Story Time – The Earthquake Sail

My lifelong dream has been to fish the billfish capital of the world, Costa Rica. In August of 2012, my dream came to fruition. I arrived in San Jose and rented a small car to explore the country. The volcanoes of Arenal and Poas were absolutely breathtaking. The people there are some of the most down to earth and kind I have ever met. “Pura Vida” is a saying they live by which means to live pure. Though the trip was amazing in every aspect…I was anxious to get to the water. I arrived in Tamarindo Diria beach and got some rest before the day offshore.
The weather was amazing. The forecast was perfect and my focus was solely on catching that Costa Billfish. A small skiff transported us from the beach to the 42 foot charter boat was anchored just off the reef. Our coolers were full of Ballyhoo a large assortment of colored skirts. We motored out about 20 miles offshore in close to 5,000 feet of water. We began trolling a current and dragging the baits on the surface at roughly 7 mph. The baits skipped across the water attached to 2 flatlines and 2 outriggers.


After a few hours of little action, I began to realize that this trip may leave me without my dream fish. Just then, the boat began to lurch vertically in the water. There was a banging sound as the boat shook. My first thought was that there was an issue with the boat’s transmission, or some engine problem. My thoughts were shared by the captain and we started troubleshooting. Fast paced Spanish speaking with distress in their voice sounded from the radio. We then realized that there had been an earthquake back on shore. At 6.7 on the Richter scale, town town of Tamarindo was rocked. We had felt the vibrations 20 miles offshore in thousands of feet of water.

Minutes later, there was an explosion behind the boat. A Pacific sailfish had shot up from the depths taking the bait into its mouth as it broke the water’s surface. It was as if the earthquake awoke the beasts beneath and it was feeding time. I opened the spool to ensure the bait was taken in by the sailfish, counted down from 3, and set the circle hook into the corner of his mouth.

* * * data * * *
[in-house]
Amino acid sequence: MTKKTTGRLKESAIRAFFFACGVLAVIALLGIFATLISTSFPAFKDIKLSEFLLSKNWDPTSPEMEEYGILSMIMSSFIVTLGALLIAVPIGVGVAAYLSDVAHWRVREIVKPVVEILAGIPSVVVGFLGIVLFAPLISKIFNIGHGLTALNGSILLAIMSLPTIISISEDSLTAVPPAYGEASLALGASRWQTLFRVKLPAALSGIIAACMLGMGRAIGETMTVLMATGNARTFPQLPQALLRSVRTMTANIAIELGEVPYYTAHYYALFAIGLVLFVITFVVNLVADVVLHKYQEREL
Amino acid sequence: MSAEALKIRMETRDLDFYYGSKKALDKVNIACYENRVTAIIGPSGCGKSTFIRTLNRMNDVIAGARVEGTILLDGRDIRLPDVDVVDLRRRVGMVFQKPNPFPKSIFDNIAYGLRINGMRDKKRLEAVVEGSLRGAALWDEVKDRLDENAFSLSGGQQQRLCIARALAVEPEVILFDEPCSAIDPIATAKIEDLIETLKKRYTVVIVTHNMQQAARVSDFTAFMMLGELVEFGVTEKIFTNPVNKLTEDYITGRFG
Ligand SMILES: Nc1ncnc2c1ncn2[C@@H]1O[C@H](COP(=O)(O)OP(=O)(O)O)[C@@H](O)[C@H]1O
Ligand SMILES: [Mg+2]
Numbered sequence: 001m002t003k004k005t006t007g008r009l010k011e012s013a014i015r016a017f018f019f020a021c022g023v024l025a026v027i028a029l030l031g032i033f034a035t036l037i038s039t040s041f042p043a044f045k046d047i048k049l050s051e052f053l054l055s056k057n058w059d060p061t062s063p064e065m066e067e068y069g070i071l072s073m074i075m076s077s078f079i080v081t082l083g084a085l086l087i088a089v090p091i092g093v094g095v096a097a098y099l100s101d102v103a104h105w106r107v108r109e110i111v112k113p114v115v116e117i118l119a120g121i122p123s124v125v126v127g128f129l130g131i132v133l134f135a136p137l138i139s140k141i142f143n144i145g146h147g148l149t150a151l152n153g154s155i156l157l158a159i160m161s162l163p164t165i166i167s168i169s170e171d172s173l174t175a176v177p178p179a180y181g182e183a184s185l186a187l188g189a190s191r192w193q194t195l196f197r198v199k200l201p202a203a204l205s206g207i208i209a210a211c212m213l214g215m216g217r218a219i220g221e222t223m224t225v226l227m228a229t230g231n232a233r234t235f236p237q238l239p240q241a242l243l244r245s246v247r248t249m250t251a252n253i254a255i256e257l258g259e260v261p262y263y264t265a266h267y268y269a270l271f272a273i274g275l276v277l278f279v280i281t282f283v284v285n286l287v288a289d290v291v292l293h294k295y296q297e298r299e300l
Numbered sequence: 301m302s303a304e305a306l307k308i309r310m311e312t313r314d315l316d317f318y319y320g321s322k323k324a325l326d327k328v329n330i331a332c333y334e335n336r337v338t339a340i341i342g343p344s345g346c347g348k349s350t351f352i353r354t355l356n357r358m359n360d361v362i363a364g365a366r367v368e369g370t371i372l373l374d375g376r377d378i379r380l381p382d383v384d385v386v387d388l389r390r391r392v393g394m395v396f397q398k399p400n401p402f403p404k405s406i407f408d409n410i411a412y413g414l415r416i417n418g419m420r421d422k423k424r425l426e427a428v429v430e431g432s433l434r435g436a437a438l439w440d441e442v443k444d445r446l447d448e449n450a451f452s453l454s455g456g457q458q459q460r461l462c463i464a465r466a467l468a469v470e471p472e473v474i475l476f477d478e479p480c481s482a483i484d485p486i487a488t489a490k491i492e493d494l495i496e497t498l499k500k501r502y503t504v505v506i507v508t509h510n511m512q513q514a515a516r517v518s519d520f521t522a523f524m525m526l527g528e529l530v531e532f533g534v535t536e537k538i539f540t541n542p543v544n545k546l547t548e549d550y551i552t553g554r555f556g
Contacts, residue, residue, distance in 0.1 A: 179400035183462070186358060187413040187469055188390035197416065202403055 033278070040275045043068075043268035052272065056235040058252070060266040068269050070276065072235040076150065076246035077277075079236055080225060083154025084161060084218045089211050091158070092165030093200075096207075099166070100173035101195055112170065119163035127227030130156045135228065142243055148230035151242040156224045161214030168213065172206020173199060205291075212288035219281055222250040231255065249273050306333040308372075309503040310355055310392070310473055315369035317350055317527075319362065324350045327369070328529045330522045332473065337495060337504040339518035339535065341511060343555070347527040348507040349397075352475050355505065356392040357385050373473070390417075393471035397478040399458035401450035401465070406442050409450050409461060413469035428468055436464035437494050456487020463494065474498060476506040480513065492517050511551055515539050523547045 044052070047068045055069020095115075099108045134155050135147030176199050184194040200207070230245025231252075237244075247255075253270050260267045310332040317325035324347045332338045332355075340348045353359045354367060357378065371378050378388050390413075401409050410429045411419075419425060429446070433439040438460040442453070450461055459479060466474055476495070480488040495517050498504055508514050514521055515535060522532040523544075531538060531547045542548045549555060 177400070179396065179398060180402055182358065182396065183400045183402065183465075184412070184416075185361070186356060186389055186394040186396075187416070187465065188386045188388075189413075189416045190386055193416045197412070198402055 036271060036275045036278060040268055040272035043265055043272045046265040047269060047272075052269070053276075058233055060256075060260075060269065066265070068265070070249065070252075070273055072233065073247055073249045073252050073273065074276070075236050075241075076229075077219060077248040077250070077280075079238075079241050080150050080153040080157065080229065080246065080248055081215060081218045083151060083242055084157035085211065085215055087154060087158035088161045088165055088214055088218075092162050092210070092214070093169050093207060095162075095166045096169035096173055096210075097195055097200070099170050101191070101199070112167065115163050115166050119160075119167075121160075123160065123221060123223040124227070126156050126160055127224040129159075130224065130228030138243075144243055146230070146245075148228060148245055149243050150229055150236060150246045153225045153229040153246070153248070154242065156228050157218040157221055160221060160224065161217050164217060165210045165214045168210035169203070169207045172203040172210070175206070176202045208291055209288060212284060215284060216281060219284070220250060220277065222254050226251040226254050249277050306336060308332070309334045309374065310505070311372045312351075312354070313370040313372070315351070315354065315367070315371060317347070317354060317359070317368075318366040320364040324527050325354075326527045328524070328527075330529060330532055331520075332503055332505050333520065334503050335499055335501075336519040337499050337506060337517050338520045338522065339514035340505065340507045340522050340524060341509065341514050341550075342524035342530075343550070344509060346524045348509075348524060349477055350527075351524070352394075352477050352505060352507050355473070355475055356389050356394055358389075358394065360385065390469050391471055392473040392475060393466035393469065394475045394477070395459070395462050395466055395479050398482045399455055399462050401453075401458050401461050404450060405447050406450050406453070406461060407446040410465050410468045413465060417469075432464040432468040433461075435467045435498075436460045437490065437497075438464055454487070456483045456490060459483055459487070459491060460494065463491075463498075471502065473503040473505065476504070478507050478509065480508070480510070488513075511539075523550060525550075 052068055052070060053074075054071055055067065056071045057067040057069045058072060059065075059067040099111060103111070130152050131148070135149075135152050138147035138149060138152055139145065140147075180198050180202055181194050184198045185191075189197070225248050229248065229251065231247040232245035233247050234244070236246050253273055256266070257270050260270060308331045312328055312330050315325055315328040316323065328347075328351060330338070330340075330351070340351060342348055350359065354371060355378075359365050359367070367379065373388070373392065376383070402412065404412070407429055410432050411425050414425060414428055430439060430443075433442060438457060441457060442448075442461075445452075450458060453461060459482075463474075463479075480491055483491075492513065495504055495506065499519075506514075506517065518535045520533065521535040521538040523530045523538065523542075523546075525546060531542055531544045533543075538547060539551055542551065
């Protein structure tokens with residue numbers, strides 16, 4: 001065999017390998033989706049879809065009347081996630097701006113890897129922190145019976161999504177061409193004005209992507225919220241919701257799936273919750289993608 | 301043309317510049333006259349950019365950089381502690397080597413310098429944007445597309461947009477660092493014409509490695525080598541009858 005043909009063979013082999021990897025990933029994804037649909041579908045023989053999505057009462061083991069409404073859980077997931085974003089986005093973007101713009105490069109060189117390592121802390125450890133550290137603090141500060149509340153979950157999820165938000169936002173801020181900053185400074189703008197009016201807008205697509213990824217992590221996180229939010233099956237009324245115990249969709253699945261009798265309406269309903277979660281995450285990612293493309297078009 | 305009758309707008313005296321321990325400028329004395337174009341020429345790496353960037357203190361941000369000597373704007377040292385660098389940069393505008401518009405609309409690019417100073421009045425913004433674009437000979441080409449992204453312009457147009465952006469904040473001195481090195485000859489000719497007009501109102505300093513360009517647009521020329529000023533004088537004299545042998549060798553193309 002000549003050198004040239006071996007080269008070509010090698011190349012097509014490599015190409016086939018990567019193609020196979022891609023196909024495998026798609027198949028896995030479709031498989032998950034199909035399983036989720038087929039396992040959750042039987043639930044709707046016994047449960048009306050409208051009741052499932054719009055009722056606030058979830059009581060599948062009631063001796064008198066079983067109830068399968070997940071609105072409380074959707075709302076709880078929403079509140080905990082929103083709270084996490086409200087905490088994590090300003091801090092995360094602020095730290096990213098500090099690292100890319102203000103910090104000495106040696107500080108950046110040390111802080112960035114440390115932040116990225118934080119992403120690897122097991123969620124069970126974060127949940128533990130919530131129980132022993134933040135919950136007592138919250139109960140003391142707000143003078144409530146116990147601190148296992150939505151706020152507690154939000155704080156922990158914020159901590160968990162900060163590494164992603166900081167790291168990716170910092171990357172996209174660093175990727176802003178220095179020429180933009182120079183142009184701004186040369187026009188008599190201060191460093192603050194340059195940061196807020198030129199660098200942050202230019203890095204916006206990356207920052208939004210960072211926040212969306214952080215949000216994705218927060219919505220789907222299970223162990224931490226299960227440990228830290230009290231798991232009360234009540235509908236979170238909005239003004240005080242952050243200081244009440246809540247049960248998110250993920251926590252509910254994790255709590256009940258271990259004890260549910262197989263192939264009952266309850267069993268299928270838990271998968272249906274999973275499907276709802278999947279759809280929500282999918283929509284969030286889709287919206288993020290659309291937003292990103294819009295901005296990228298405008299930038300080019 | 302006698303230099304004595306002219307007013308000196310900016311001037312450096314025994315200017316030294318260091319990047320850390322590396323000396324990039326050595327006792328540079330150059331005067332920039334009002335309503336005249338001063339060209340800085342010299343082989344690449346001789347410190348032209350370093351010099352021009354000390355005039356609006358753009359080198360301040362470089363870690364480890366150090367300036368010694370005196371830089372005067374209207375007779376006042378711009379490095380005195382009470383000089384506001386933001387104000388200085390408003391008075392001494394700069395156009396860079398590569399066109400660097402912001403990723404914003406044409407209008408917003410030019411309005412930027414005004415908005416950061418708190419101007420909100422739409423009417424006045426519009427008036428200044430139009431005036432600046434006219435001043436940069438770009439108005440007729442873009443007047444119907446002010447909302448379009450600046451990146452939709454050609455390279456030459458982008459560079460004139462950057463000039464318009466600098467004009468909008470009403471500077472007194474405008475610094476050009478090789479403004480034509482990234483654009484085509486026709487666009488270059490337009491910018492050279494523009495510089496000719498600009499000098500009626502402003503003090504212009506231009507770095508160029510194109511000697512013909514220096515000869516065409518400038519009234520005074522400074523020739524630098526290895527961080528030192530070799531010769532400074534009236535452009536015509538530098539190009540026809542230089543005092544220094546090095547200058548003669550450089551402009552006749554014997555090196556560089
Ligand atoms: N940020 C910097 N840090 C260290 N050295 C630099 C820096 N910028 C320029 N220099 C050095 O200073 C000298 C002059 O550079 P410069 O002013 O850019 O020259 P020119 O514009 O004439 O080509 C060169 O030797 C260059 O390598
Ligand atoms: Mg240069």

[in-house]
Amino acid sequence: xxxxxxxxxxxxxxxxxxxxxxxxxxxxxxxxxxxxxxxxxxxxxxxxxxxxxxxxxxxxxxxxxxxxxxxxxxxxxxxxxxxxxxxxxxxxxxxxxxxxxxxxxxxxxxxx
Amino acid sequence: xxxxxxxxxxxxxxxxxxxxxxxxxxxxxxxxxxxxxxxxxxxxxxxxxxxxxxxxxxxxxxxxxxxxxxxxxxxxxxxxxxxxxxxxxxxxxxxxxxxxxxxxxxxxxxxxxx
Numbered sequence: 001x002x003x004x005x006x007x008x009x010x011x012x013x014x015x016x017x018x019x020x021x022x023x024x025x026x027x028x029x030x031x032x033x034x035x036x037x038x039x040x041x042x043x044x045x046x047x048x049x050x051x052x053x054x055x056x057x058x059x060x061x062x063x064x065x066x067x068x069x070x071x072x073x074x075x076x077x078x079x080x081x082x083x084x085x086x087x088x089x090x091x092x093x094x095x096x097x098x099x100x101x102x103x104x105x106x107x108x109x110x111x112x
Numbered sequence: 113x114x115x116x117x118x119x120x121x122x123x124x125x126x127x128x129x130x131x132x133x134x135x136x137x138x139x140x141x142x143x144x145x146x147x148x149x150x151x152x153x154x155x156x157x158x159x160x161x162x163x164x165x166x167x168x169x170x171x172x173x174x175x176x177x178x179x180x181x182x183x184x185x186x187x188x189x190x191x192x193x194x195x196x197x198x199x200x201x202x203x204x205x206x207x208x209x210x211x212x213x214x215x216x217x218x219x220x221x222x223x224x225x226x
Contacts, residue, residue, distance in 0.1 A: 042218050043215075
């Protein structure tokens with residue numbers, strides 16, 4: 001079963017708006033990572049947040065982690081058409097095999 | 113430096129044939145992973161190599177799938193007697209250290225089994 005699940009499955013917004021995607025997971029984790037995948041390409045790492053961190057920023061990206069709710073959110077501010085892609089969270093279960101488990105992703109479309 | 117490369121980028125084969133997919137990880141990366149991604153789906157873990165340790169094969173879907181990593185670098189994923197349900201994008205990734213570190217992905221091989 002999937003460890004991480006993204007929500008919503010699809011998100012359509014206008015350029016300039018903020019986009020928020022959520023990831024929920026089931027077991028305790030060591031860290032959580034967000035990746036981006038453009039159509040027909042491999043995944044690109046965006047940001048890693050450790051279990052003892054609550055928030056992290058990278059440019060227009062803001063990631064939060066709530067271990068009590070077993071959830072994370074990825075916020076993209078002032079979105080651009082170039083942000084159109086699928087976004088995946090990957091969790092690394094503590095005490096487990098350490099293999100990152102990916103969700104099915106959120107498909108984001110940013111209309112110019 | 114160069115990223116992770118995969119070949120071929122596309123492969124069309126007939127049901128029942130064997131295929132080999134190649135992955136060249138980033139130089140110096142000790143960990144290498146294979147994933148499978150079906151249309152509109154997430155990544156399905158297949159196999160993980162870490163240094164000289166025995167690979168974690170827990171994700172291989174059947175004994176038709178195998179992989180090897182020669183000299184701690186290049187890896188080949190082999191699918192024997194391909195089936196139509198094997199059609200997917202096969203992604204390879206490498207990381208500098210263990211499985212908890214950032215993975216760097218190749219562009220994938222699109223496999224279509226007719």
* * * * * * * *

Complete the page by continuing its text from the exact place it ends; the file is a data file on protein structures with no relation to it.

The reel began to whine. Line came pouring off this reel like it was attached to a thoroughbred. The fish took several hundred yards of line within a minute or so which required dumping some cool water on the reel just prior to the bearings overheating. His run was directly away from the boat lounging out of the water with almost every swipe of his tail. I was able to gain some line back before the fish initiated yet another long run. This run again was made mostly out of the water…a tail dance ripping away from my general direction. This was it. This is what I had dreamed about. I gave the fish the drag he needed for some time, then began to wear him down.

After about 20 minutes of intense angling, the fish became tired. His time in the air was reduced to a few head shakes. The sailfish allowed me to slowly guide him to the side of the boat.. He was the largest fish I had ever had on the end of my line. Being a sport fish, I intended on cutting the leader for release. After this incredible day, it was a must to grab his bill for a photo opportunity. In my many years on the water, this was by far the most memorable. The earthquake sail.

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